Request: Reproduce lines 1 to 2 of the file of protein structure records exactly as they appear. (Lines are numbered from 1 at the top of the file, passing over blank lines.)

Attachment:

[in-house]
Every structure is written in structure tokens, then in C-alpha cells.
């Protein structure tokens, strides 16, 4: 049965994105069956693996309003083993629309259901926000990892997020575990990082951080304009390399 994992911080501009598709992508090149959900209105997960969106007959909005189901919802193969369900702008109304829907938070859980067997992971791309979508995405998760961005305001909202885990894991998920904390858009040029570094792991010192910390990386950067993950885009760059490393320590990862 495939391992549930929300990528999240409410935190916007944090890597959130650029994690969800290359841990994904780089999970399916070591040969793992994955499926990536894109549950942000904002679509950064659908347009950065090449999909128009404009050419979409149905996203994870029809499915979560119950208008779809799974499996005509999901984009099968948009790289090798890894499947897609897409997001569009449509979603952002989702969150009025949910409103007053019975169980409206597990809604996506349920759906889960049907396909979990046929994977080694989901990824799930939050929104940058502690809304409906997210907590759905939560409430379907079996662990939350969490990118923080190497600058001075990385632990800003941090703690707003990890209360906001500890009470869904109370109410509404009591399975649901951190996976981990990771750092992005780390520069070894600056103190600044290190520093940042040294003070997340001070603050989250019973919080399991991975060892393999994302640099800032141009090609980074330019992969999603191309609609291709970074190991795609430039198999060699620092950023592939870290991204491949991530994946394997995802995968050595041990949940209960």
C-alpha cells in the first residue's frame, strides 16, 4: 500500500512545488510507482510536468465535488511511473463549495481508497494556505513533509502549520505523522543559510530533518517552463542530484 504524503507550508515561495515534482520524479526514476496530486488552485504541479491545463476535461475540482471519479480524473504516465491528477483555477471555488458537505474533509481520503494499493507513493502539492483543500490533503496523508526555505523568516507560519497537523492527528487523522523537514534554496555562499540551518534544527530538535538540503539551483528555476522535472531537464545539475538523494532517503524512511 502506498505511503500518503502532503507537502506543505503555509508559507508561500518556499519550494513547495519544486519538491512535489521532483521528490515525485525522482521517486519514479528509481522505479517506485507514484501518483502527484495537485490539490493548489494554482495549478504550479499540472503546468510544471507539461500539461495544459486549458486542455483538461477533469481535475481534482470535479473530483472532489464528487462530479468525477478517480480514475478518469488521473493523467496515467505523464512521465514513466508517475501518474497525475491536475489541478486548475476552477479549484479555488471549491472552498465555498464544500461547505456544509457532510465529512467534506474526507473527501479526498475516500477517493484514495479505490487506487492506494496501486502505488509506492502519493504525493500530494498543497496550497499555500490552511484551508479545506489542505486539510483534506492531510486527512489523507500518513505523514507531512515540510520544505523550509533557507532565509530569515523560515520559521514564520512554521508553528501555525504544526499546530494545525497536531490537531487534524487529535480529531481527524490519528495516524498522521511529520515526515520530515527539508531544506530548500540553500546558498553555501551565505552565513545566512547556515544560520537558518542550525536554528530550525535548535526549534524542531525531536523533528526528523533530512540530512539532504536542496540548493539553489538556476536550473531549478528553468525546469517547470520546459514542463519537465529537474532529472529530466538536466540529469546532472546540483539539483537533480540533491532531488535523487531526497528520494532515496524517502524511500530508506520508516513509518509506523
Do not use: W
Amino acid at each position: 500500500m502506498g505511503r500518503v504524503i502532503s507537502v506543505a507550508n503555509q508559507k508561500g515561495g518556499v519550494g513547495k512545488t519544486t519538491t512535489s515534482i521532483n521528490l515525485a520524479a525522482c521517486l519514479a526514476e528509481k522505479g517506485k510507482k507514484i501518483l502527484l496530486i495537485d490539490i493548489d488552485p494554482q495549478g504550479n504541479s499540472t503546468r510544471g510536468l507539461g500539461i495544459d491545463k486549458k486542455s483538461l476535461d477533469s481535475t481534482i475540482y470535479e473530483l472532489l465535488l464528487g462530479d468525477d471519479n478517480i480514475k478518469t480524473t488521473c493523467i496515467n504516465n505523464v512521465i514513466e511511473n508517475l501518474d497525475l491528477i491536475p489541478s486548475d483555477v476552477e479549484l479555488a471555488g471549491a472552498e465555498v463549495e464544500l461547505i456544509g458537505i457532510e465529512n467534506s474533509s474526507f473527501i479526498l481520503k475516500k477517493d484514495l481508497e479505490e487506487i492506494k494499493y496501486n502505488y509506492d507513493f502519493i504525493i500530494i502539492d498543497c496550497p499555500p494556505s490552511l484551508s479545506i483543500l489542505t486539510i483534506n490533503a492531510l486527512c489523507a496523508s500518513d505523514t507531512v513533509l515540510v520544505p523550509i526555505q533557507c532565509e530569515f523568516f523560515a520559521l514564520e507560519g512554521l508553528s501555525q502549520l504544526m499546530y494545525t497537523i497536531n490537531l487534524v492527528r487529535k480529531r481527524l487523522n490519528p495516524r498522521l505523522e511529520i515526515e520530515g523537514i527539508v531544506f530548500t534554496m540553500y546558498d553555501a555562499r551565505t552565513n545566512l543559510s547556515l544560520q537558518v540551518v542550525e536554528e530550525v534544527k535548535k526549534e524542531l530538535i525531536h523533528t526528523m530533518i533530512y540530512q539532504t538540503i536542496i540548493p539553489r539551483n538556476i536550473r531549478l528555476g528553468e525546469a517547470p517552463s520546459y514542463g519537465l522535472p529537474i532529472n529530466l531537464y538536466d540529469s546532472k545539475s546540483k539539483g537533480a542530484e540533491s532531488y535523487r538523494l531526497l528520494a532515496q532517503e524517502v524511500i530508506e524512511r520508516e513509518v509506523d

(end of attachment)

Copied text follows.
[in-house]
Every structure is written in structure tokens, then in C-alpha cells.